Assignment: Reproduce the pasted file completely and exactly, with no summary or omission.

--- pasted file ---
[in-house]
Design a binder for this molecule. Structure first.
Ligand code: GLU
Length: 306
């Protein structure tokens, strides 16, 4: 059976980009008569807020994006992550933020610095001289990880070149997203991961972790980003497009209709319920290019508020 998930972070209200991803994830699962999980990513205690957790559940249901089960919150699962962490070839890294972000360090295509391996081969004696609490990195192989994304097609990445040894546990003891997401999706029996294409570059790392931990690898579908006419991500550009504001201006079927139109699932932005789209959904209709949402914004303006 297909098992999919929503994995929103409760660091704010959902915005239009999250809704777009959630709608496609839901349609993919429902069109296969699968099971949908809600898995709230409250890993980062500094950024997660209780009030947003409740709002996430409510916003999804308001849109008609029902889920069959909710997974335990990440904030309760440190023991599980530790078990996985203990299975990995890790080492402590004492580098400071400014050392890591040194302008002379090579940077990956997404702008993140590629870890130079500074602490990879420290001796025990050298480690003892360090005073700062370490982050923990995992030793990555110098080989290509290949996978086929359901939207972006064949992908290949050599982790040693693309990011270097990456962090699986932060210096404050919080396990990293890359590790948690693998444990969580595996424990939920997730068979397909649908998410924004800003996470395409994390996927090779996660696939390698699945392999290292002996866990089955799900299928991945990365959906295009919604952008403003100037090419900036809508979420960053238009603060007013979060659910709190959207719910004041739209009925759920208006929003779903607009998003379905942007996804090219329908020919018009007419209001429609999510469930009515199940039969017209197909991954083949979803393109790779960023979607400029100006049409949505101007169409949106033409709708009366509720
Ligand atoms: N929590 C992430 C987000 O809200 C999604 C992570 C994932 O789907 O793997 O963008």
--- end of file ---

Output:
[in-house]
Design a binder for this molecule. Structure first.
Ligand code: GLU
Length: 306
């Protein structure tokens, strides 16, 4: 059976980009008569807020994006992550933020610095001289990880070149997203991961972790980003497009209709319920290019508020 998930972070209200991803994830699962999980990513205690957790559940249901089960919150699962962490070839890294972000360090295509391996081969004696609490990195192989994304097609990445040894546990003891997401999706029996294409570059790392931990690898579908006419991500550009504001201006079927139109699932932005789209959904209709949402914004303006 297909098992999919929503994995929103409760660091704010959902915005239009999250809704777009959630709608496609839901349609993919429902069109296969699968099971949908809600898995709230409250890993980062500094950024997660209780009030947003409740709002996430409510916003999804308001849109008609029902889920069959909710997974335990990440904030309760440190023991599980530790078990996985203990299975990995890790080492402590004492580098400071400014050392890591040194302008002379090579940077990956997404702008993140590629870890130079500074602490990879420290001796025990050298480690003892360090005073700062370490982050923990995992030793990555110098080989290509290949996978086929359901939207972006064949992908290949050599982790040693693309990011270097990456962090699986932060210096404050919080396990990293890359590790948690693998444990969580595996424990939920997730068979397909649908998410924004800003996470395409994390996927090779996660696939390698699945392999290292002996866990089955799900299928991945990365959906295009919604952008403003100037090419900036809508979420960053238009603060007013979060659910709190959207719910004041739209009925759920208006929003779903607009998003379905942007996804090219329908020919018009007419209001429609999510469930009515199940039969017209197909991954083949979803393109790779960023979607400029100006049409949505101007169409949106033409709708009366509720
Ligand atoms: N929590 C992430 C987000 O809200 C999604 C992570 C994932 O789907 O793997 O963008």